The U.S. Geological Survey (USGS) has reported a strong, 6.4-magnitude earthquake on the southern Pacific coast of Mexico on Thursday (May 8, 2014). AP reports that frightened people rushed out into unseasonal torrential rains that were also bearing down on the coast. No injuries reported so far, and only minor damage.
The quake was centered in the Mexican state of Guerrero. It was felt about 171 miles (277 kilometers) away in Mexico City, where, according to AP, office workers streamed into the streets away from high-rise buildings.
USGS reports details of the quake as follows:
2014-05-08 17:00:17 UTC
2014-05-08 12:00:17 UTC-05:00 at epicenter
15km (9mi) N of Tecpan de Galeana, Mexico
31km (19mi) NW of Atoyac de Alvarez, Mexico
66km (41mi) ESE of Petatlan, Mexico
73km (45mi) WNW of Coyuca de Benitez, Mexico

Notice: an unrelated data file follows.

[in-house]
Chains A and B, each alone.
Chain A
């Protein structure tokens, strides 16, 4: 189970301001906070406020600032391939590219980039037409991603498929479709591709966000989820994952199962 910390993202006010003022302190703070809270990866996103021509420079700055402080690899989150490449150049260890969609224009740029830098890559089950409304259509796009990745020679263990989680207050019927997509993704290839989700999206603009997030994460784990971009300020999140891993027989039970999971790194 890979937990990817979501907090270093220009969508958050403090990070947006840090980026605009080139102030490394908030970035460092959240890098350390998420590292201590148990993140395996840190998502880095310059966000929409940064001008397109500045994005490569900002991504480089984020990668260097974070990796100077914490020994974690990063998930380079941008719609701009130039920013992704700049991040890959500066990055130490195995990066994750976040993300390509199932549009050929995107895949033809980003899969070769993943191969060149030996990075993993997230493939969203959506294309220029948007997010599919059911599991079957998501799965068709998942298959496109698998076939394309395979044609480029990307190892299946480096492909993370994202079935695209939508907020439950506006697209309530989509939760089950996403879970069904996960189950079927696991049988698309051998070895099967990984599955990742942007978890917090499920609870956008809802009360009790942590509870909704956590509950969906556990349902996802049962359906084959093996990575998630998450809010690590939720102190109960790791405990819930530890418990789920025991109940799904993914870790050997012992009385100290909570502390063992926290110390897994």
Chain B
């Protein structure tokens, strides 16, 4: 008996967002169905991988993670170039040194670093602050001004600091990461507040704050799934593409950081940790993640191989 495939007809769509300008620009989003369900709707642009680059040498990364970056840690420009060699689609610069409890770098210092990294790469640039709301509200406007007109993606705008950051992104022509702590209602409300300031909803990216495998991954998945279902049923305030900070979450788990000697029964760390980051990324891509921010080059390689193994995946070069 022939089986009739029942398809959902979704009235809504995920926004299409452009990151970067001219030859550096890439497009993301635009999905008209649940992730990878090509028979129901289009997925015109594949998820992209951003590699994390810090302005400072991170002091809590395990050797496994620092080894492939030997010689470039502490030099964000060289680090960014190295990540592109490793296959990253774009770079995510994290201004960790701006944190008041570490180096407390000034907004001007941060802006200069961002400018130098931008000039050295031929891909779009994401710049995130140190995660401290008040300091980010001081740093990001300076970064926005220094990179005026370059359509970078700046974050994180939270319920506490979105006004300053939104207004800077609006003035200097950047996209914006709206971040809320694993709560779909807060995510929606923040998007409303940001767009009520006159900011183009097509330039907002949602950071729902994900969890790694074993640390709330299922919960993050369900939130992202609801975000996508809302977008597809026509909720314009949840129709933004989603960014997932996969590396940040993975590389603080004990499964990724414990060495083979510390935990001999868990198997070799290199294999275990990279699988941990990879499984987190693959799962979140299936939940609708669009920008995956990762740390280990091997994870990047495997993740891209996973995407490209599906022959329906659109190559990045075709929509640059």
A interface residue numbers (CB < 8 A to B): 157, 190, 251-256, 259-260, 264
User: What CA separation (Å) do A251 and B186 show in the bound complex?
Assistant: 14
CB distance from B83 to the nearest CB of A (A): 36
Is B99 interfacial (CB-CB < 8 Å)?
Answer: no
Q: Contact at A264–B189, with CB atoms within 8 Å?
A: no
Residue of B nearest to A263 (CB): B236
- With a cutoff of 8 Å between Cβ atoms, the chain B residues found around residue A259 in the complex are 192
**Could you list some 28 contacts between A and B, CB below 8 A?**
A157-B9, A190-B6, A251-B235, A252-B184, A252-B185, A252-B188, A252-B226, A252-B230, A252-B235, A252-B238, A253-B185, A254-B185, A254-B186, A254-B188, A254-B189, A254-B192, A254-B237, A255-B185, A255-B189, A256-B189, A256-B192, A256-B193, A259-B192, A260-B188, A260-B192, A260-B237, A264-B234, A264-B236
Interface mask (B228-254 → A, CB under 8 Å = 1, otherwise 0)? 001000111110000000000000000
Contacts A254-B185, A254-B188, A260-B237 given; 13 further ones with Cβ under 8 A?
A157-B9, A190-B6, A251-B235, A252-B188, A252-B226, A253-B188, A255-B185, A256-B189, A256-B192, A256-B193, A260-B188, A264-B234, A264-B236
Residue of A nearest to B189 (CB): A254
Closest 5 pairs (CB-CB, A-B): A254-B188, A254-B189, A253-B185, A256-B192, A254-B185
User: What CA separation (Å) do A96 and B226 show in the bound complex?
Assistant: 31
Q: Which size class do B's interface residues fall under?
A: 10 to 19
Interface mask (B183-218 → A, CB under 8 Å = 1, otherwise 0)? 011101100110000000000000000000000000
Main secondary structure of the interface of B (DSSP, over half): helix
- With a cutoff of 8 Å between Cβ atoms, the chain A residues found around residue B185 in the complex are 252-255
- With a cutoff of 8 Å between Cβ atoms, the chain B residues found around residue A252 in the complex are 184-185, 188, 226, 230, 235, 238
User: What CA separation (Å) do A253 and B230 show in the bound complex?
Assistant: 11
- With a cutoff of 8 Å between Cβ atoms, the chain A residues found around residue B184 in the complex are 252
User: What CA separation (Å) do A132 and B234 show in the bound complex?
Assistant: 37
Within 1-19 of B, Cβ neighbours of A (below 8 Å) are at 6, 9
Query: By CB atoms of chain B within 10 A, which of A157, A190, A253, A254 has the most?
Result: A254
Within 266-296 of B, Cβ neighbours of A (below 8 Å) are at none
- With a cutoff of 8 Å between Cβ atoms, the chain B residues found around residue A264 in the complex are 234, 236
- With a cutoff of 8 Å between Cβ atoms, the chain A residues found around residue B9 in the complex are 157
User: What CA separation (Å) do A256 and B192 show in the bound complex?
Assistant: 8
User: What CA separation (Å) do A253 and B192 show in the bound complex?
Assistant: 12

277km (172mi) SW of Mexico City, Mexico
The video below is from Mexico City earlier today. You can see trees and streetlights swaying as the earthquake strikes. A women gets out of her car, then goes back to her car to retrieve her purse.
If you don’t speak Spanish, skip to 00:48 seconds in this next video. You’ll see people milling around on the streets after the quake, and also lights in the television studio shaking while the quake was in progress. Video via todoactualidad.
On April 18, a major quake — 7.2. magnitude — hit the same state, but there were no reports of major damage that day.
Bottom line: A 6.4 magnitude earthquake shook southern Mexico, on the Pacific coast, on Thursday, May 8, 2014. No injuries or damages reported so far.
Deborah Byrd created the EarthSky radio series in 1991 and EarthSky.org in 1994. Today, she serves as Editor-in-Chief of this website. She has won a galaxy of awards from the broadcasting and science communities, including having an asteroid named 3505 Byrd in her honor. A science communicator and educator since 1976, Byrd believes in science as a force for good in the world and a vital tool for the 21st century. "Being an EarthSky editor is like hosting a big global party for cool nature-lovers," she says.